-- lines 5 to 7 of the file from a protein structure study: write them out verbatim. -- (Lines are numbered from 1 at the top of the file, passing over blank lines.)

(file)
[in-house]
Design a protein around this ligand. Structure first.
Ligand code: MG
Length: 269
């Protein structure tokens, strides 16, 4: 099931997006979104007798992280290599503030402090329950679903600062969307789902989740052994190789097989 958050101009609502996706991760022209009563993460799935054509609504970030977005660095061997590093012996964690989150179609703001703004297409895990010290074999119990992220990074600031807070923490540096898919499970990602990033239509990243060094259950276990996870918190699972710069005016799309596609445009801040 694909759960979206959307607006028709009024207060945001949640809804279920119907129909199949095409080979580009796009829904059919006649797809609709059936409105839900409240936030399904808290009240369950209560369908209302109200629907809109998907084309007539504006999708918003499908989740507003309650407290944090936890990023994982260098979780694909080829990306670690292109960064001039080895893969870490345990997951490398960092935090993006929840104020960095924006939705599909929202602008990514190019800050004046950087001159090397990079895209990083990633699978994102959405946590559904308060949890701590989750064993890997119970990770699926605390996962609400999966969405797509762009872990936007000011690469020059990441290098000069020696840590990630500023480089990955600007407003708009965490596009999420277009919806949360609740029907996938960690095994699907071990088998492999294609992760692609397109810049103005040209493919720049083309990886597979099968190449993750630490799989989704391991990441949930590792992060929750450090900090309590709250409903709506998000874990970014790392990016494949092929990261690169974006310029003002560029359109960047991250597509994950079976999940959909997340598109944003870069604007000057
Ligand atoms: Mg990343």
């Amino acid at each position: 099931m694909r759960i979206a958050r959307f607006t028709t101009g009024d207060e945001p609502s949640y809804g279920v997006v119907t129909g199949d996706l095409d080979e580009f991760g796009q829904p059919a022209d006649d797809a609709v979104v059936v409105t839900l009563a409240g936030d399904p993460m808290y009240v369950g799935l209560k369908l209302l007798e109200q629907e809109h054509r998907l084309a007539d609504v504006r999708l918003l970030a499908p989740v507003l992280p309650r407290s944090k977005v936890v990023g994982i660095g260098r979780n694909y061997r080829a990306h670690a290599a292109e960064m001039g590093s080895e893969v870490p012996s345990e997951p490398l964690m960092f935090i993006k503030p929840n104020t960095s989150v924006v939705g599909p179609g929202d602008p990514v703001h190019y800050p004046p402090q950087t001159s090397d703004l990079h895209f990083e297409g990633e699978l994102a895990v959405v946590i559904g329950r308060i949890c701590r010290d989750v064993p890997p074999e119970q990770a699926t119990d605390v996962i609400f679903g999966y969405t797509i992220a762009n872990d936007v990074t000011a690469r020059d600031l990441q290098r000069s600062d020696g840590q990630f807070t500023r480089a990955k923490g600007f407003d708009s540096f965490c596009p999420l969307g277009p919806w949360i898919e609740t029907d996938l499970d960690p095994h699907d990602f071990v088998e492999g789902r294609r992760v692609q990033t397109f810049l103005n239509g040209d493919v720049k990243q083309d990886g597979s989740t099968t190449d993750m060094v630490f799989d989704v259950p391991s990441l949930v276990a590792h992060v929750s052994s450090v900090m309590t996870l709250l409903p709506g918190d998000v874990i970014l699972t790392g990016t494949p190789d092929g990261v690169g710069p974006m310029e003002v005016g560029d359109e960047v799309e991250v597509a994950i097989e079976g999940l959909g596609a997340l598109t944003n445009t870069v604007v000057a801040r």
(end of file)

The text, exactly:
């Protein structure tokens, strides 16, 4: 099931997006979104007798992280290599503030402090329950679903600062969307789902989740052994190789097989 958050101009609502996706991760022209009563993460799935054509609504970030977005660095061997590093012996964690989150179609703001703004297409895990010290074999119990992220990074600031807070923490540096898919499970990602990033239509990243060094259950276990996870918190699972710069005016799309596609445009801040 694909759960979206959307607006028709009024207060945001949640809804279920119907129909199949095409080979580009796009829904059919006649797809609709059936409105839900409240936030399904808290009240369950209560369908209302109200629907809109998907084309007539504006999708918003499908989740507003309650407290944090936890990023994982260098979780694909080829990306670690292109960064001039080895893969870490345990997951490398960092935090993006929840104020960095924006939705599909929202602008990514190019800050004046950087001159090397990079895209990083990633699978994102959405946590559904308060949890701590989750064993890997119970990770699926605390996962609400999966969405797509762009872990936007000011690469020059990441290098000069020696840590990630500023480089990955600007407003708009965490596009999420277009919806949360609740029907996938960690095994699907071990088998492999294609992760692609397109810049103005040209493919720049083309990886597979099968190449993750630490799989989704391991990441949930590792992060929750450090900090309590709250409903709506998000874990970014790392990016494949092929990261690169974006310029003002560029359109960047991250597509994950079976999940959909997340598109944003870069604007000057
Ligand atoms: Mg990343």
């Amino acid at each position: 099931m694909r759960i979206a958050r959307f607006t028709t101009g009024d207060e945001p609502s949640y809804g279920v997006v119907t129909g199949d996706l095409d080979e580009f991760g796009q829904p059919a022209d006649d797809a609709v979104v059936v409105t839900l009563a409240g936030d399904p993460m808290y009240v369950g799935l209560k369908l209302l007798e109200q629907e809109h054509r998907l084309a007539d609504v504006r999708l918003l970030a499908p989740v507003l992280p309650r407290s944090k977005v936890v990023g994982i660095g260098r979780n694909y061997r080829a990306h670690a290599a292109e960064m001039g590093s080895e893969v870490p012996s345990e997951p490398l964690m960092f935090i993006k503030p929840n104020t960095s989150v924006v939705g599909p179609g929202d602008p990514v703001h190019y800050p004046p402090q950087t001159s090397d703004l990079h895209f990083e297409g990633e699978l994102a895990v959405v946590i559904g329950r308060i949890c701590r010290d989750v064993p890997p074999e119970q990770a699926t119990d605390v996962i609400f679903g999966y969405t797509i992220a762009n872990d936007v990074t000011a690469r020059d600031l990441q290098r000069s600062d020696g840590q990630f807070t500023r480089a990955k923490g600007f407003d708009s540096f965490c596009p999420l969307g277009p919806w949360i898919e609740t029907d996938l499970d960690p095994h699907d990602f071990v088998e492999g789902r294609r992760v692609q990033t397109f810049l103005n239509g040209d493919v720049k990243q083309d990886g597979s989740t099968t190449d993750m060094v630490f799989d989704v259950p391991s990441l949930v276990a590792h992060v929750s052994s450090v900090m309590t996870l709250l409903p709506g918190d998000v874990i970014l699972t790392g990016t494949p190789d092929g990261v690169g710069p974006m310029e003002v005016g560029d359109e960047v799309e991250v597509a994950i097989e079976g999940l959909g596609a997340l598109t944003n445009t870069v604007v000057a801040r």